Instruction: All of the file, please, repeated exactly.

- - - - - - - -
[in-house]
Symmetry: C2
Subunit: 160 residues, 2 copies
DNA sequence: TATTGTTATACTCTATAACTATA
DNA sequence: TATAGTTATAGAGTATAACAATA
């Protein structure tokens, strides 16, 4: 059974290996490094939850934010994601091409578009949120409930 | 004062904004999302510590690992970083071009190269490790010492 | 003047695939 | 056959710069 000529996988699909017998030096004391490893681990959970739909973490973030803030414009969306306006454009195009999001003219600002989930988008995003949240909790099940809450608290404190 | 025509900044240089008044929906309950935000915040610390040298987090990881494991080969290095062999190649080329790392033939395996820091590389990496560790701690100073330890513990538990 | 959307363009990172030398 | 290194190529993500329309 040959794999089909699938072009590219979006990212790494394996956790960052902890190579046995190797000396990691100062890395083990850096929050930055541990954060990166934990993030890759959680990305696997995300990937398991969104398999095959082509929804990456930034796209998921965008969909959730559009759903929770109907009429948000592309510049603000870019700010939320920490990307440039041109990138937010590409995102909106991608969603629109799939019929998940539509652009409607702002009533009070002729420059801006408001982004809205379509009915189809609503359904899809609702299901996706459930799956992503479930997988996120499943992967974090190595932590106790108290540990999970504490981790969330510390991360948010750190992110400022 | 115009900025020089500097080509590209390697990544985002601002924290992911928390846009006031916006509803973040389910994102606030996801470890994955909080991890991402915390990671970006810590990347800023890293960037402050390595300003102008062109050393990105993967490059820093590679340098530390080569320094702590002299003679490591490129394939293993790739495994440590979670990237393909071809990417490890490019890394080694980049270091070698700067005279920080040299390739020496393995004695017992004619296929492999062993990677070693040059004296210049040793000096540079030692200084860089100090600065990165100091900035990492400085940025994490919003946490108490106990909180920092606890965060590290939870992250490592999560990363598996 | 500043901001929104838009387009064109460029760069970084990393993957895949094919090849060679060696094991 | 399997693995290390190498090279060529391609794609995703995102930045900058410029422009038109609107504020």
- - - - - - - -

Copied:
[in-house]
Symmetry: C2
Subunit: 160 residues, 2 copies
DNA sequence: TATTGTTATACTCTATAACTATA
DNA sequence: TATAGTTATAGAGTATAACAATA
């Protein structure tokens, strides 16, 4: 059974290996490094939850934010994601091409578009949120409930 | 004062904004999302510590690992970083071009190269490790010492 | 003047695939 | 056959710069 000529996988699909017998030096004391490893681990959970739909973490973030803030414009969306306006454009195009999001003219600002989930988008995003949240909790099940809450608290404190 | 025509900044240089008044929906309950935000915040610390040298987090990881494991080969290095062999190649080329790392033939395996820091590389990496560790701690100073330890513990538990 | 959307363009990172030398 | 290194190529993500329309 040959794999089909699938072009590219979006990212790494394996956790960052902890190579046995190797000396990691100062890395083990850096929050930055541990954060990166934990993030890759959680990305696997995300990937398991969104398999095959082509929804990456930034796209998921965008969909959730559009759903929770109907009429948000592309510049603000870019700010939320920490990307440039041109990138937010590409995102909106991608969603629109799939019929998940539509652009409607702002009533009070002729420059801006408001982004809205379509009915189809609503359904899809609702299901996706459930799956992503479930997988996120499943992967974090190595932590106790108290540990999970504490981790969330510390991360948010750190992110400022 | 115009900025020089500097080509590209390697990544985002601002924290992911928390846009006031916006509803973040389910994102606030996801470890994955909080991890991402915390990671970006810590990347800023890293960037402050390595300003102008062109050393990105993967490059820093590679340098530390080569320094702590002299003679490591490129394939293993790739495994440590979670990237393909071809990417490890490019890394080694980049270091070698700067005279920080040299390739020496393995004695017992004619296929492999062993990677070693040059004296210049040793000096540079030692200084860089100090600065990165100091900035990492400085940025994490919003946490108490106990909180920092606890965060590290939870992250490592999560990363598996 | 500043901001929104838009387009064109460029760069970084990393993957895949094919090849060679060696094991 | 399997693995290390190498090279060529391609794609995703995102930045900058410029422009038109609107504020």